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Finally tonight, a special contribution to our series Race Today, where we have been exploring how different generations see the issues making headlines.
The conversation is a short film from the Op-Docs team at The New York Times.
Directors Geeta Gandbhir and Blair Foster spoke to parents of African-American boys about the conversation they have with their sons on how to respond when stopped by the police.
There's this unspoken code of white — of racism and white supremacy that says that my life doesn't matter.
You can put your hands up and say — and cooperate and say that I'm choking and still be killed and then there's no repercussions.
It's maddening. I get so frustrated and angry about having to prepare my kids for something that they're not responsible for.
And these are conversations that people of other races do not have to have with their children.
The conversation with him was really just, look, you're a beautiful young boy.
Being African-American is a wonderful thing, it's a wonderful blessing, you have come from great people, but it's also a hard thing.
In America, because of your skin color, as a black boy and as a black man, we are going to be dealing with a lot of danger.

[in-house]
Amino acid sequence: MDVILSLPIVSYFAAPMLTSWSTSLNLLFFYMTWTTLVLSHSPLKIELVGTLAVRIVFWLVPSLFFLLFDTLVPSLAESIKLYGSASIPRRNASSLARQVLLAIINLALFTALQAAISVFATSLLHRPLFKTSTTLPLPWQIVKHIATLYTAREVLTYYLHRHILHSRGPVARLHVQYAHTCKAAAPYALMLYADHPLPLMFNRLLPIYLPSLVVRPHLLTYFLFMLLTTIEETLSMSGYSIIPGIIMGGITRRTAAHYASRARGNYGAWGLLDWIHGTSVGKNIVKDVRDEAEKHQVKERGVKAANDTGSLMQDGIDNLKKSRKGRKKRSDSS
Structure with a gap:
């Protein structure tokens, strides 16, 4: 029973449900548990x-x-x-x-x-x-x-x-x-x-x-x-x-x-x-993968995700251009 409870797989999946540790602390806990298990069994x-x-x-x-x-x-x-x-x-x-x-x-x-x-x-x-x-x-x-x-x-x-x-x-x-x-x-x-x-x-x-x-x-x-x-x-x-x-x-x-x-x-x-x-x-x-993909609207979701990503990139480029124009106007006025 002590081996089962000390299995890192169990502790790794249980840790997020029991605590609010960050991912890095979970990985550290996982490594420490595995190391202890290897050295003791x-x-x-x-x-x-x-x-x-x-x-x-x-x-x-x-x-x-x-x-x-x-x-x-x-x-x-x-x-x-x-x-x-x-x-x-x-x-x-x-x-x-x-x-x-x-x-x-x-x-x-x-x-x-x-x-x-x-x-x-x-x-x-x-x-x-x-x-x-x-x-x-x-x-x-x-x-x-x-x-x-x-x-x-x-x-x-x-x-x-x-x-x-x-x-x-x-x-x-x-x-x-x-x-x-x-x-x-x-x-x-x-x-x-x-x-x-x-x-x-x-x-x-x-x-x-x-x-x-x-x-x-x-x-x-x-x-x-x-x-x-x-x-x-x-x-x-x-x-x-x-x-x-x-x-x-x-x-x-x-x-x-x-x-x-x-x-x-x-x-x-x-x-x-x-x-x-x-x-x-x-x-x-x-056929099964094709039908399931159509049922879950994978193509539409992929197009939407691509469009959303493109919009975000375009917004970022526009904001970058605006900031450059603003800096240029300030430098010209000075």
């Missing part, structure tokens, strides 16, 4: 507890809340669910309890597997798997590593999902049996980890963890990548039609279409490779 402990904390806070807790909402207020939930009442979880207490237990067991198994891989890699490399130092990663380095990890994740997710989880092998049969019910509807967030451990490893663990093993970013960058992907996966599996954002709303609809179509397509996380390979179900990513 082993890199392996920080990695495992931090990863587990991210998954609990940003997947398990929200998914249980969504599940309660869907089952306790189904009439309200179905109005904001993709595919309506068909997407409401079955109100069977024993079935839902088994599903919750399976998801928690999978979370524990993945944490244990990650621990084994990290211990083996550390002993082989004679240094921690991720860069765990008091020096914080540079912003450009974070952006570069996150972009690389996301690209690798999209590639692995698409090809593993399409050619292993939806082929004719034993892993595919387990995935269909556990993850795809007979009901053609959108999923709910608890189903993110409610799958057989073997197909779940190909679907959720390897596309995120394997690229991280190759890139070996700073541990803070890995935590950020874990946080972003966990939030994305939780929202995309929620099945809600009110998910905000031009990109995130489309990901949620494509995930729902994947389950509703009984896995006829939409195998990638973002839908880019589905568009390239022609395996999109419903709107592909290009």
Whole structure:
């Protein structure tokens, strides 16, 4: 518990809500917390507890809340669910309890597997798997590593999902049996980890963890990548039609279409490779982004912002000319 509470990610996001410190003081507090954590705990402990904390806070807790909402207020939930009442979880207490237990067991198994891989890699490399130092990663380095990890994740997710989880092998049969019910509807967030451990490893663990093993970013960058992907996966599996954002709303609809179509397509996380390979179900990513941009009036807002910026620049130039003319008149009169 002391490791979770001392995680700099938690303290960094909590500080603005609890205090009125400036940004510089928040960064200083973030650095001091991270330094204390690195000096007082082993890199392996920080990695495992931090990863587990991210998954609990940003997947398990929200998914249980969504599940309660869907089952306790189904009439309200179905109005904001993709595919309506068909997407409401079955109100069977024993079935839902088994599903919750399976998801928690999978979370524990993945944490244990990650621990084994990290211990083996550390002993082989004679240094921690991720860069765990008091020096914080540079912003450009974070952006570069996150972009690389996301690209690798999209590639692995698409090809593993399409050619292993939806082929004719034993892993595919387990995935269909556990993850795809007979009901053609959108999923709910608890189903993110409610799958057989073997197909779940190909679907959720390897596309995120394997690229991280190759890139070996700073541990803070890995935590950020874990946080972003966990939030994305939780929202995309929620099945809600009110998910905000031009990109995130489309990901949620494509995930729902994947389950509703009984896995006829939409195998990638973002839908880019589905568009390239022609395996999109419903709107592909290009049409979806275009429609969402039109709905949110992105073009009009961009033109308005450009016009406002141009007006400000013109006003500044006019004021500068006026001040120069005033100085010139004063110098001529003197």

Under no circumstance are you to talk to the police if you're arrested until I get there.
Do what they say. Don't get into any arguments.
Make sure your hands are out of your pockets, so they can see.
These are the questions you can ask. This is who to call. This is what happens if this bad thing — it's not like, please, master, don't whip my. No, it's like, excuse me, sir, what's your badge number? I'm going to film this.
If you want police brutality to stop, if you want police to treat you like a human being, then you have to see yourself as a human being.
You have every right in this world that anyone does.
What I love about you, as my son, is, I remember when we thought about having you, and, you know, knowing that we wanted you and watching you grow.
You are the Muhammad Ali. You are the Malcolm X. You are the Martin Luther King.
You are an amazing young man. And the future is yours.
And I will do my best to make sure you're safe. That's it. I love you.
You can see the entire film along with additional Op-Docs videos at nytimes.com/opdocs.
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